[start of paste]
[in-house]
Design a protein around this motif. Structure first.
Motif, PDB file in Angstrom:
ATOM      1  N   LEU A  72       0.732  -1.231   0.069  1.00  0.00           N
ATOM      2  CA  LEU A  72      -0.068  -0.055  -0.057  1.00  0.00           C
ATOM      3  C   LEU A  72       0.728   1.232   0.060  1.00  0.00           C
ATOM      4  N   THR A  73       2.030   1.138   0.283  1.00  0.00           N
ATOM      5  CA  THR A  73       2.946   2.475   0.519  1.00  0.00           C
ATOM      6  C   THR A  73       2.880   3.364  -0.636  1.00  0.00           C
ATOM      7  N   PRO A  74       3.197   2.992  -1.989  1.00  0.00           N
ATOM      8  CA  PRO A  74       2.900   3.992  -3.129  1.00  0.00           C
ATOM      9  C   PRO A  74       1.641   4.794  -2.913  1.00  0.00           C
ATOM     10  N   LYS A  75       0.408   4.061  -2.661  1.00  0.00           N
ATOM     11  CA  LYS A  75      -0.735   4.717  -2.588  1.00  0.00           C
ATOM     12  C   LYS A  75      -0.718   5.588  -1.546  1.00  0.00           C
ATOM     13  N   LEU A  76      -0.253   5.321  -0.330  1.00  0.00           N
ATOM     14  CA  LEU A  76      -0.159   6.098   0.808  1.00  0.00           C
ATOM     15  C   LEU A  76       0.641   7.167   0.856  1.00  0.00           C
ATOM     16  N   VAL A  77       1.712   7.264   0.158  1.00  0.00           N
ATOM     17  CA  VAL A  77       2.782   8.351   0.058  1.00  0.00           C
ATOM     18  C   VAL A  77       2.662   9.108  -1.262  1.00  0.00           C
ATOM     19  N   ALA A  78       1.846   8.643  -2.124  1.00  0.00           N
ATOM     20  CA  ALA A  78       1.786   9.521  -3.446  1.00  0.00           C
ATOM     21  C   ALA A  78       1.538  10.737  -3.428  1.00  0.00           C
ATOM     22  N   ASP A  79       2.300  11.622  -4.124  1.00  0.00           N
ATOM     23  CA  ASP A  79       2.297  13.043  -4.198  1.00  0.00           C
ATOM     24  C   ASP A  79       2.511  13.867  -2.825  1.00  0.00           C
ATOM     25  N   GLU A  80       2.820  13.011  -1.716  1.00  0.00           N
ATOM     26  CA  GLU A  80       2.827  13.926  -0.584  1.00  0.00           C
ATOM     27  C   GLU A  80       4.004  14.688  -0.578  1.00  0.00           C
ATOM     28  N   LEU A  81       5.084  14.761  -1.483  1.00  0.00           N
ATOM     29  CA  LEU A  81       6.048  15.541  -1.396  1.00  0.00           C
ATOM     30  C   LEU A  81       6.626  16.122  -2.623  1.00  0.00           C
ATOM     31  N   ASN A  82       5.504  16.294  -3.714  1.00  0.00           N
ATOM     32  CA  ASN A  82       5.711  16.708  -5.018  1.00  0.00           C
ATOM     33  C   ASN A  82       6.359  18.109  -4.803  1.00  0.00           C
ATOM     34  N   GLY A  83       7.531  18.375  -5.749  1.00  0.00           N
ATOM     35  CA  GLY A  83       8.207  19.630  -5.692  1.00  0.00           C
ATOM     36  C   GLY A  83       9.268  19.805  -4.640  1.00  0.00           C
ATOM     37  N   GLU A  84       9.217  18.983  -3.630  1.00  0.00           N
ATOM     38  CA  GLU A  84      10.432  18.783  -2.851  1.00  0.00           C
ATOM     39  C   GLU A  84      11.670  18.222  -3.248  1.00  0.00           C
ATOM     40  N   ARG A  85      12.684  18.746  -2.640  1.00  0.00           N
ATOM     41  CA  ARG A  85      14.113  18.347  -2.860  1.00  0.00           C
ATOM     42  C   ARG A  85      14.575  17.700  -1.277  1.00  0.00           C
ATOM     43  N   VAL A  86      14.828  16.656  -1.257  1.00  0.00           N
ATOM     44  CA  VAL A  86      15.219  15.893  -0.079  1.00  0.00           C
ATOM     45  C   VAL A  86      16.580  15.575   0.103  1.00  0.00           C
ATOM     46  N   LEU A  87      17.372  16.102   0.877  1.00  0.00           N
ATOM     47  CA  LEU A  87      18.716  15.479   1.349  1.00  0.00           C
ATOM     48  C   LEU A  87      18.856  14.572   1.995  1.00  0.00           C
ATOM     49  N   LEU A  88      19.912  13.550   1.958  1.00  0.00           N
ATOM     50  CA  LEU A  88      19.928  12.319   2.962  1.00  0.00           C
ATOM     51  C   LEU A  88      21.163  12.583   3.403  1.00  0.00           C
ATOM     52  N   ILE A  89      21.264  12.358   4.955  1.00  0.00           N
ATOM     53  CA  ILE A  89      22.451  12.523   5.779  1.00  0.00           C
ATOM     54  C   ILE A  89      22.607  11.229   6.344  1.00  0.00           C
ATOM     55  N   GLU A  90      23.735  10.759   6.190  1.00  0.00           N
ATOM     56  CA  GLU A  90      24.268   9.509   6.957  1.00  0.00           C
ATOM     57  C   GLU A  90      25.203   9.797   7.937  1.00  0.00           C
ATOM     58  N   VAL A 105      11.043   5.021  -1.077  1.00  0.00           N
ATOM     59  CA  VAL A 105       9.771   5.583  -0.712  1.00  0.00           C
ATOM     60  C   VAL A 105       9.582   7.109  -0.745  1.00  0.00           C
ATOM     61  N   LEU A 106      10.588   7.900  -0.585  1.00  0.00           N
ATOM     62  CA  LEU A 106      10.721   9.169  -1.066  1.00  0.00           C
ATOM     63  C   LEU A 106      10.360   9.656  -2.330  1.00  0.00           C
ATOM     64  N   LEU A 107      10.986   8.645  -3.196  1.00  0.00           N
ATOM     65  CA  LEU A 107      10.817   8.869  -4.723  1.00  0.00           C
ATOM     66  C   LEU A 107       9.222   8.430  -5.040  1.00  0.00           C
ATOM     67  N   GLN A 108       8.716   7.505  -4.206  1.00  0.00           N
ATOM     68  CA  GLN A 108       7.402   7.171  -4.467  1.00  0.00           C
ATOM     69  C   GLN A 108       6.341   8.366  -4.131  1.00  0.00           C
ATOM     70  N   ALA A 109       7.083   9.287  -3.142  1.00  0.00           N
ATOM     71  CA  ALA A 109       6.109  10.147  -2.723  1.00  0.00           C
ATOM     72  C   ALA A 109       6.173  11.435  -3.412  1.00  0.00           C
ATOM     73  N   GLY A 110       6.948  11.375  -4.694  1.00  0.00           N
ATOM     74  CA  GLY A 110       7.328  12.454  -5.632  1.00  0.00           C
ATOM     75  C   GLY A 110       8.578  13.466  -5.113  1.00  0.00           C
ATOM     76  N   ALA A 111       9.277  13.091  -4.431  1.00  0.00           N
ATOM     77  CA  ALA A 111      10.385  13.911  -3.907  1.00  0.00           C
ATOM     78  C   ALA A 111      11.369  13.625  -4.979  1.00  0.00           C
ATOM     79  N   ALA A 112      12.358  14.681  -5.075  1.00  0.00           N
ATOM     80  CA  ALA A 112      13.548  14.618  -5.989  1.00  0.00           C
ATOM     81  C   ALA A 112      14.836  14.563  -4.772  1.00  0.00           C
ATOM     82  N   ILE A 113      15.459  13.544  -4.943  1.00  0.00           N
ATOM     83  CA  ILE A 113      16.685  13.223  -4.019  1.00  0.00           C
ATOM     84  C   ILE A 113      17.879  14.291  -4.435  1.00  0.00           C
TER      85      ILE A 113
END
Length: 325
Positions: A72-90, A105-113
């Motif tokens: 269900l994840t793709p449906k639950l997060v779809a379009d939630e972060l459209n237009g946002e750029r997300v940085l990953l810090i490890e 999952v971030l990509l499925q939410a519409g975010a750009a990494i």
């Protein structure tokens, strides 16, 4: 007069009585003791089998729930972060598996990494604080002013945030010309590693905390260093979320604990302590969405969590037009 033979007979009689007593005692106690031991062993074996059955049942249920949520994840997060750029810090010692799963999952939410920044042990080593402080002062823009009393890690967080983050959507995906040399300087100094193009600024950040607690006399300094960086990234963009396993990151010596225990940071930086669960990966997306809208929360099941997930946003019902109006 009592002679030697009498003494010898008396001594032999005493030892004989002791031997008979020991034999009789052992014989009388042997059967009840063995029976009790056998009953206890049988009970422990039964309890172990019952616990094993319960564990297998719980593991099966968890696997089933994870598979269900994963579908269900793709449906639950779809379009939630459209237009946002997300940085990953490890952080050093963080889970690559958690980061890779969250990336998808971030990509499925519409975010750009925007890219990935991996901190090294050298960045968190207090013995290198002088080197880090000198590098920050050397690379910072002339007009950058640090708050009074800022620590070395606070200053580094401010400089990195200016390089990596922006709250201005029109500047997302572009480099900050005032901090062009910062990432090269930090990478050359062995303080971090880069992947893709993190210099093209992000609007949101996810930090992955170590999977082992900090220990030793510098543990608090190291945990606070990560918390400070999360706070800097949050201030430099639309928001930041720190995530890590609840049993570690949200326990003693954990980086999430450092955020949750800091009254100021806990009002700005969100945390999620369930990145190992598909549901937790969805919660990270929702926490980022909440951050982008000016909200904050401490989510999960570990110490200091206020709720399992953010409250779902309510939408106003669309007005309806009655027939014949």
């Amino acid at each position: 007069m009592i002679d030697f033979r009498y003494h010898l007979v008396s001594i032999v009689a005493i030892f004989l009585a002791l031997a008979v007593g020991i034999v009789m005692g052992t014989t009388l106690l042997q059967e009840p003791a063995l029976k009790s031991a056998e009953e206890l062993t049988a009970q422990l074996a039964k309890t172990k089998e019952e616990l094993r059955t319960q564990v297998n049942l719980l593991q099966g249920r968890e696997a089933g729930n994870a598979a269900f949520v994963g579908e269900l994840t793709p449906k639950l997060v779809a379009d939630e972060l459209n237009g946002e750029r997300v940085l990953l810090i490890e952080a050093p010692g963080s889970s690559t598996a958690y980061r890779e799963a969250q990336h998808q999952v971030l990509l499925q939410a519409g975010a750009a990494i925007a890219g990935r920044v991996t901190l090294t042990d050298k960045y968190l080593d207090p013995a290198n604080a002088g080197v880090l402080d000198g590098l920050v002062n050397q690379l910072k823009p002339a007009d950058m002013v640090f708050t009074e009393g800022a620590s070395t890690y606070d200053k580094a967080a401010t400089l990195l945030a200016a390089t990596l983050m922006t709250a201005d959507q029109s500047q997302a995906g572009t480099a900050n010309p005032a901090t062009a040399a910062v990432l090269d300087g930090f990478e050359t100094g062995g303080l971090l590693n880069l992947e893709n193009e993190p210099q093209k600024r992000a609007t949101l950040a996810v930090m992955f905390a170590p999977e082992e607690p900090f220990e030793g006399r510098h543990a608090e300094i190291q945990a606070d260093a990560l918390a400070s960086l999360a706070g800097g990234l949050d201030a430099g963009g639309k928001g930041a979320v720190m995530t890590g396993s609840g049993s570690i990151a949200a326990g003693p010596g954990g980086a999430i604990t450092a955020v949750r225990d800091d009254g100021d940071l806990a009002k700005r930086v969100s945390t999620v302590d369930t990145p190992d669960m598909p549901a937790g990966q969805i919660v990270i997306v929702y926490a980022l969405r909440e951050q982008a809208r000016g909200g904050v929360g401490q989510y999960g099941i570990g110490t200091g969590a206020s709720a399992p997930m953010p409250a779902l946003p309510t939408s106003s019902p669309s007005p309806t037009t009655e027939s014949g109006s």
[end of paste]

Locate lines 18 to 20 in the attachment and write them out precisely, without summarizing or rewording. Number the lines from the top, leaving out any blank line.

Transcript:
ATOM     15  C   LEU A  76       0.641   7.167   0.856  1.00  0.00           C
ATOM     16  N   VAL A  77       1.712   7.264   0.158  1.00  0.00           N
ATOM     17  CA  VAL A  77       2.782   8.351   0.058  1.00  0.00           C